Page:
Video review: Singin’ in the Rain

After noting in this blog that I had not seen the 1952 film in its entirety, it was total coincidence that The Wife decided the family ought to watch together Singin’ In the Rain.

I did not know this until watching the extras, but the film was MGM producer Arthur Freed’s plan to use his catalog of songs, written with Nacio Herb Brown, and used in previous MGM musical films, mostly from the 1930s. It became the job of screenwriters Betty Comden and Adolph Green to create a script that would make sense. They decided that making a film that shows one studio’s foray into talking pictures in response to the real game changing film, 1927’s The Jazz Singer. Hollywood is usually good at showing Hollywood.

Singin’ In the Rain is mostly marvelous. Gene Kelly not only plays Don Lockwood, “a popular silent film star with humble roots as a singer, dancer and stunt man, ” he also co-directed it with Stanley Donen. He performs the iconic title song sequence, which I had seen often, but it works so much better once seen in context.

Don’s leading lady in the silent films is Lina Lamont, played by Jean Hagen, doing her best Judy Holliday routine. She has a voice made for silent films.

Donald O’Connor, as Don’s best friend Cosmo, is marvelous dancing with Kelly, particularly in Moses Supposes, a Roger Edens/Comden and Green piece new for the film. But O’Connor is most extraordinary in his solo stint, Make ‘Em Laugh.

Debbie Reynolds, not yet 20, plays Kathy Selden. Don, avoiding his fans, accidentally lands in Kathy’s car. She feigns disinterest in his “undignified” film career, but later Don discovers she is not a stage actress but a chorus girl. Eventually, romance is kindled.

After the disastrous preview of The Dueling Cavalier, Don, Kathy and Cosmo come up with the idea to change it into a musical called The Dancing Cavalier. It’s at this point the marvelous dance Good Morning with those three characters takes place, up and down a flight of stairs, among other tricks. Reynolds, a gymnast but not previously a dancer, managed to keep up with Kelly and O’Connor.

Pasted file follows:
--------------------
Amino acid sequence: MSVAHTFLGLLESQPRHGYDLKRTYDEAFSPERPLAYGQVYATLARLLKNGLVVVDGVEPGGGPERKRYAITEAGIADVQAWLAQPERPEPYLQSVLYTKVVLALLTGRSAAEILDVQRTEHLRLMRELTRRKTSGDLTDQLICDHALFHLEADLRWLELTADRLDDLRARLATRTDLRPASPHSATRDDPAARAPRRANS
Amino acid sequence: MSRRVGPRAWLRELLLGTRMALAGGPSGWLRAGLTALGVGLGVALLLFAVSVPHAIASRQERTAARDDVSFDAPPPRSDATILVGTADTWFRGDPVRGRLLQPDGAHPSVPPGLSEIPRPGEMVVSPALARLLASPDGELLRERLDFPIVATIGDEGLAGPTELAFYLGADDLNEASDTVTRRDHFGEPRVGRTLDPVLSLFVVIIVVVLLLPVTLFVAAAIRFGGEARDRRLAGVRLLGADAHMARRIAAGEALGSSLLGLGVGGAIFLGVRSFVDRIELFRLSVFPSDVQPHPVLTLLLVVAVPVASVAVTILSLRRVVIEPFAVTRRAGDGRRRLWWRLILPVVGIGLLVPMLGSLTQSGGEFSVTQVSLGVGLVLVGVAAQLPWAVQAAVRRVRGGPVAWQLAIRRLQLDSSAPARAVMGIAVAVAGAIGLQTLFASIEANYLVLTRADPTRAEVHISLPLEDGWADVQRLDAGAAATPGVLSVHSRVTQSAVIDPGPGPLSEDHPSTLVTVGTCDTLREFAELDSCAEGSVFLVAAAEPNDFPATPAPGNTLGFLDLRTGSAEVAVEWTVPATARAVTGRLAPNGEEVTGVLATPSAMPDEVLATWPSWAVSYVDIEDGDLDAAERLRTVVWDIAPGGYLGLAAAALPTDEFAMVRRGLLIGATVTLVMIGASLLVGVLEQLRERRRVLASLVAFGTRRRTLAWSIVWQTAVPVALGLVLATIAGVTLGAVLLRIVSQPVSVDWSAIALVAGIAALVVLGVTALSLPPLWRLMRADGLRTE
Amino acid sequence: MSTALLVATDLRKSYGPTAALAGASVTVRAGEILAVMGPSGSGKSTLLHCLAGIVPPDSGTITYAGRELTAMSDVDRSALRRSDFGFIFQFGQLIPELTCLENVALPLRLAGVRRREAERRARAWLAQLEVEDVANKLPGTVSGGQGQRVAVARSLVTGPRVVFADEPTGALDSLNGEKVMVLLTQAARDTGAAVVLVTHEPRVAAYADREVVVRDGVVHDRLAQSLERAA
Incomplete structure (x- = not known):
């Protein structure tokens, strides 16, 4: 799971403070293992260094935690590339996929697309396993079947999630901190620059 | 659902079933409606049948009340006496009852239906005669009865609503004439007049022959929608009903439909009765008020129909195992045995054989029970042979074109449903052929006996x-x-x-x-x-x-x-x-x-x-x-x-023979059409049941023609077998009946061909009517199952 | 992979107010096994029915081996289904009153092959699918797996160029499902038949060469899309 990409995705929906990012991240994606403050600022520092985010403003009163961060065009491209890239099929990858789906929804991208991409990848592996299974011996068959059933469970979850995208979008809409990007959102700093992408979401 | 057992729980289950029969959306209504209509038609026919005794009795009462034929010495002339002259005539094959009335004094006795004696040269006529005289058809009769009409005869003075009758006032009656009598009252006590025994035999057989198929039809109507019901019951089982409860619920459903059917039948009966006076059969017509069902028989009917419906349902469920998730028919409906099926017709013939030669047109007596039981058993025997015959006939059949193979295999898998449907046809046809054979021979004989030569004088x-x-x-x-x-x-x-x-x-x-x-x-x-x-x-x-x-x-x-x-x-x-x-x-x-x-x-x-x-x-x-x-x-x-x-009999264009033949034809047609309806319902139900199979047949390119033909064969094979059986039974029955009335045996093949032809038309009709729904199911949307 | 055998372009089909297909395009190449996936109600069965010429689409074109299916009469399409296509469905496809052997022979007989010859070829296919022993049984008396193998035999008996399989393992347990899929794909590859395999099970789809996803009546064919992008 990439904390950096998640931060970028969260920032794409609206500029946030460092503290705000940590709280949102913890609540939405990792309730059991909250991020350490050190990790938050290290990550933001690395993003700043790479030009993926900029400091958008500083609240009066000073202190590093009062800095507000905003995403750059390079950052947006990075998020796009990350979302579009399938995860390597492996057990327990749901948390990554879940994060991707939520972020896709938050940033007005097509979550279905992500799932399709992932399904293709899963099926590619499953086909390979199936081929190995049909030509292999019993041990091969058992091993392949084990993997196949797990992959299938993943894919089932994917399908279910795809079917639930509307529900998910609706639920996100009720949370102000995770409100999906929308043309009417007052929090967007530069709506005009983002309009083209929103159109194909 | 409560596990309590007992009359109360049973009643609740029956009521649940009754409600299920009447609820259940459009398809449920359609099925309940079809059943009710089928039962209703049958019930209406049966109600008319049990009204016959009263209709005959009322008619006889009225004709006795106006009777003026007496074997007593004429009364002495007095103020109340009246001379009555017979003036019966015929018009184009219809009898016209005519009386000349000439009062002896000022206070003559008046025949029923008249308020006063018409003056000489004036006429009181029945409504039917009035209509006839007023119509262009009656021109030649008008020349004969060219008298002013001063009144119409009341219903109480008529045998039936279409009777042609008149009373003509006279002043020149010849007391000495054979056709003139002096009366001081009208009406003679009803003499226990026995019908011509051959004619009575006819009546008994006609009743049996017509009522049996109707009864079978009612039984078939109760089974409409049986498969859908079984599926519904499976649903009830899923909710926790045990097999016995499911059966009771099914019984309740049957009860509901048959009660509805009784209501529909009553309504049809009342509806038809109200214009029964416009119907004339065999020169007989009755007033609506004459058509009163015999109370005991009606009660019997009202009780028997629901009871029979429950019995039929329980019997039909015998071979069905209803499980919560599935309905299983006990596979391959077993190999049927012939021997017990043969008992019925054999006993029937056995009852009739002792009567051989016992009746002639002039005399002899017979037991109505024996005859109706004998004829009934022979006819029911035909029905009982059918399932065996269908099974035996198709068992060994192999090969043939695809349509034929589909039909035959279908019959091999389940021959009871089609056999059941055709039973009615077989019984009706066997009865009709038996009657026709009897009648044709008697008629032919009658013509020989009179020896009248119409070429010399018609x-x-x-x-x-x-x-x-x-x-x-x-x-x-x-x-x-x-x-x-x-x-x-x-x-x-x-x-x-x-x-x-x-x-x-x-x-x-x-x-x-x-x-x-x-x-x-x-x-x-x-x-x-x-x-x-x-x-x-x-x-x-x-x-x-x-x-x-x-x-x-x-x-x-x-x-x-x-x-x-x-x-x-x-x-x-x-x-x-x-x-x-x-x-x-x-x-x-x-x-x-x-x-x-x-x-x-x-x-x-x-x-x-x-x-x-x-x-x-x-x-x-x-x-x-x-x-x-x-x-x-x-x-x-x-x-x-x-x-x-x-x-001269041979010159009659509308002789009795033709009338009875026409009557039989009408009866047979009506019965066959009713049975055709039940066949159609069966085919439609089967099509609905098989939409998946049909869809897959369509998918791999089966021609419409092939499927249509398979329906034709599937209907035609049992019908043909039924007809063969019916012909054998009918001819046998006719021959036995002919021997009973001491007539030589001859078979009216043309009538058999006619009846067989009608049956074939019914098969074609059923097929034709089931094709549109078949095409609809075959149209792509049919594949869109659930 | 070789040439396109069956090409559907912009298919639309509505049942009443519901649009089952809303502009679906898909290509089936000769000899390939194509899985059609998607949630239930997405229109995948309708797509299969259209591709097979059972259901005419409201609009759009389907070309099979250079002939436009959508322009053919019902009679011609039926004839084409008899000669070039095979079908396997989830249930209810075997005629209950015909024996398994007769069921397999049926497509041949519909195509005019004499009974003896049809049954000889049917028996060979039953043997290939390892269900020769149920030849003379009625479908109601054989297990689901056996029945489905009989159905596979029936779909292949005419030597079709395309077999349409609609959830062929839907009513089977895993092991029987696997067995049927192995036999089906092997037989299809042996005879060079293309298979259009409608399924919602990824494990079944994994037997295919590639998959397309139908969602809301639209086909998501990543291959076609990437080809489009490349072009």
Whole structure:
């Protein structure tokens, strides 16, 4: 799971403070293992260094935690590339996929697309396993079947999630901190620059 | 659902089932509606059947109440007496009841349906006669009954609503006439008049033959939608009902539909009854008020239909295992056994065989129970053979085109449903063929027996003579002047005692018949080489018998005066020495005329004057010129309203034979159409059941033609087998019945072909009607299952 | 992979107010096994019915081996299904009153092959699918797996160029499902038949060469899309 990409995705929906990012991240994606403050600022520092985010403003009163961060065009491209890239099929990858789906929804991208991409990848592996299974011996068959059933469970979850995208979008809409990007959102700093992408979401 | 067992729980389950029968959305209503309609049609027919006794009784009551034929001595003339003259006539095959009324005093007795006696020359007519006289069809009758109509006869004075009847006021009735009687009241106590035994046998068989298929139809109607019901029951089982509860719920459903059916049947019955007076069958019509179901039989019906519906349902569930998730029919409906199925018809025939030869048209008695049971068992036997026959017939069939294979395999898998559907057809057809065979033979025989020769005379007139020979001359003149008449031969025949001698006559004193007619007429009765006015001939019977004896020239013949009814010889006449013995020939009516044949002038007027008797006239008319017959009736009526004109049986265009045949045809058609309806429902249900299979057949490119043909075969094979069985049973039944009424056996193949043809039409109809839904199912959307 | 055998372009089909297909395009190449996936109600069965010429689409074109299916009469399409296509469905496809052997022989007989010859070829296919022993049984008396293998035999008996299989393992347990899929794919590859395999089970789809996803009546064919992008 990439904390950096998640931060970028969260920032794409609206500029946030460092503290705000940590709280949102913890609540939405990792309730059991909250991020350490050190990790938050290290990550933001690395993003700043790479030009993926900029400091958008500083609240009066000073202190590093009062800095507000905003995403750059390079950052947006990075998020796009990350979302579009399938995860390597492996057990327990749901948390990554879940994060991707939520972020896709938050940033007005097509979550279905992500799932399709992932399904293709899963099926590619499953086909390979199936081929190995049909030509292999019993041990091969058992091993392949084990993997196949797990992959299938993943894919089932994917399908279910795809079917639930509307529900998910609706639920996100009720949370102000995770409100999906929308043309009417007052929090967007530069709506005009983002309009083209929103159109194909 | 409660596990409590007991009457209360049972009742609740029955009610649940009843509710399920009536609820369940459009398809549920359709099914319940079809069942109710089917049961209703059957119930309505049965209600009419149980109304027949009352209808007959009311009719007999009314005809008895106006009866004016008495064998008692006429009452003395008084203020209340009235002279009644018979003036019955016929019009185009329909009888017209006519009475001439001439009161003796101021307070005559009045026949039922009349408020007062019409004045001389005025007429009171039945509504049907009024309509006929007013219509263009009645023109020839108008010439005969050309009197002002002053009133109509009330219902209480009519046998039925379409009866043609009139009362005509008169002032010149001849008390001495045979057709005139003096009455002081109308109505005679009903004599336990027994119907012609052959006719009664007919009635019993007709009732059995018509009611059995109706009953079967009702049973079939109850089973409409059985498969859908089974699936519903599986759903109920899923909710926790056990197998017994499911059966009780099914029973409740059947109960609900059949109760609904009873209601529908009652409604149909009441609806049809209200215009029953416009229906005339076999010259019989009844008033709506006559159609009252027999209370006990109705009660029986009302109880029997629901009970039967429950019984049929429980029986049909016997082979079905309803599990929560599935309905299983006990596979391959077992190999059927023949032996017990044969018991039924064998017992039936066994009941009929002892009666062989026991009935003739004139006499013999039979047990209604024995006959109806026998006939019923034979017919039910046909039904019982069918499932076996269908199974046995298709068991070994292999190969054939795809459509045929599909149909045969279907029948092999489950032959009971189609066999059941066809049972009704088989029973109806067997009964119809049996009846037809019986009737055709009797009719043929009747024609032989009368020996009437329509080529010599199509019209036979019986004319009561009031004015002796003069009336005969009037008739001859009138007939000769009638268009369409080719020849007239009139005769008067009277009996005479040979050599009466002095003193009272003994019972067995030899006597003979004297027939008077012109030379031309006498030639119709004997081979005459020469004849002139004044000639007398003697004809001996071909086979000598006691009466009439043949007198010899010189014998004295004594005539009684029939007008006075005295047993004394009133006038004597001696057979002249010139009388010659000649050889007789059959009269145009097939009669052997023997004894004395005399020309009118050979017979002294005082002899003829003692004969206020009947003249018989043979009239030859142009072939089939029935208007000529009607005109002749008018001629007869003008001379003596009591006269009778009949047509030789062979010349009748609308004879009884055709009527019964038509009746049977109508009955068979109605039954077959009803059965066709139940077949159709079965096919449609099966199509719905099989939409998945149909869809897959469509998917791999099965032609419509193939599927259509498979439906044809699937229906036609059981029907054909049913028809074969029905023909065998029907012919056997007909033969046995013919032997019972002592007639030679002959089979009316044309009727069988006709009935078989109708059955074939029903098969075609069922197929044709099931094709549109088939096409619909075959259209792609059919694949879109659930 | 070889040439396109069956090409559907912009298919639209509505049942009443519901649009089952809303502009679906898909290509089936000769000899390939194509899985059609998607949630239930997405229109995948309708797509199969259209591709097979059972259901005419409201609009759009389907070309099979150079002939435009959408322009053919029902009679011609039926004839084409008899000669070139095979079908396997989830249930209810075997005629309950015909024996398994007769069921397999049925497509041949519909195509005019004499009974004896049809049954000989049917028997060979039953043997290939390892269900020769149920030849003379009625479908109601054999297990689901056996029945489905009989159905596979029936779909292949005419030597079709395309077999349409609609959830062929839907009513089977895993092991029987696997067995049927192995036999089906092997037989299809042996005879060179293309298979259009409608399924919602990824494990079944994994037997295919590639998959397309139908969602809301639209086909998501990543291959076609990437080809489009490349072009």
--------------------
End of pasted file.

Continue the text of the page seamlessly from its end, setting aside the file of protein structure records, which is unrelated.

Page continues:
I understand it from a historic context, but the one part of the movie I wish were a bit shorter was the flashy Broadway Melody Ballet. Not sure what I would have cut out, although it would NOT have been the parts with Cyd Charisse as Kelly’s dance partner. Incidentally, Reynolds’ rendition of You Are My Lucky Star, sung to a billboard showing an image of Don, was cut; nicely performed yet unnecessary in advancing the plot.

All in all, Singin’ in the Rain is a quite enjoyable film, and a cultural icon to boot, referenced in everything from A Clockwork Orange to Glee. The extras, showing where the songs had been used in previous films, was entertaining, as was Debbie Reynolds’ recollections of the filmmaking.

Author: Roger

I'm a librarian. I hear music, even when it's not being played. I used to work at a comic book store, and it still informs my life. I won once on JEOPARDY! - ditto.

5 thoughts on “Video review: Singin’ in the Rain”

  1. One of my very favorite movies of all time! First time I saw it I was confused by the long ballet number too, but as I came to know the film better, that sequence has become one of my favorite things about it. Incidentally, that riotous sequence depicting the logistical details of capturing sound on the set? All those things were real difficulties encountered by the filmmakers of the early talkie era! God, I love that movie…I think I’ll watch it again really soon!

    (And a special shout-out to Jean Hagen for receiving one of the greatest pies in the face of all time!)

  2. Love. love. love this movie! Donald O’Connor was my favorite when I watched it for the first time with my grandfather. He was an amazing actor, dancer, and acrobat. He plays a charming role opposite Deanna Durbin in the movie Something in the Wind that’s fluff fun (and gives you a peek into his development as an actor,dancer, singer, comic and the man behind the Make ‘Em Laugh choreography).

    I have always loved the contrast of the real version of the Don Lockwood story playing in the background as he “fan”-tasizes it into words for the crowd. The dance numbers with Gene and Donald, separately and together are, in my opinion, some of the best on film ever. Debbie Reynolds sparkles and Jean Hagen and her vocal coach are a HOOT!

    Glad you had the chance to see it in its entirety with the fam. You’ve got a fab wife with exquisite taste. šŸ˜€

  3. I love this movie. Gene Kelly is a master at Dancing, but Donald O’Connor matches him step for step! Did you ever see “Inherit The Wind”. a serious role for Kelly as an cynical reporter.

  4. Tom – Inherit the Wind, same as this movie before recently – Saw it only in parts.

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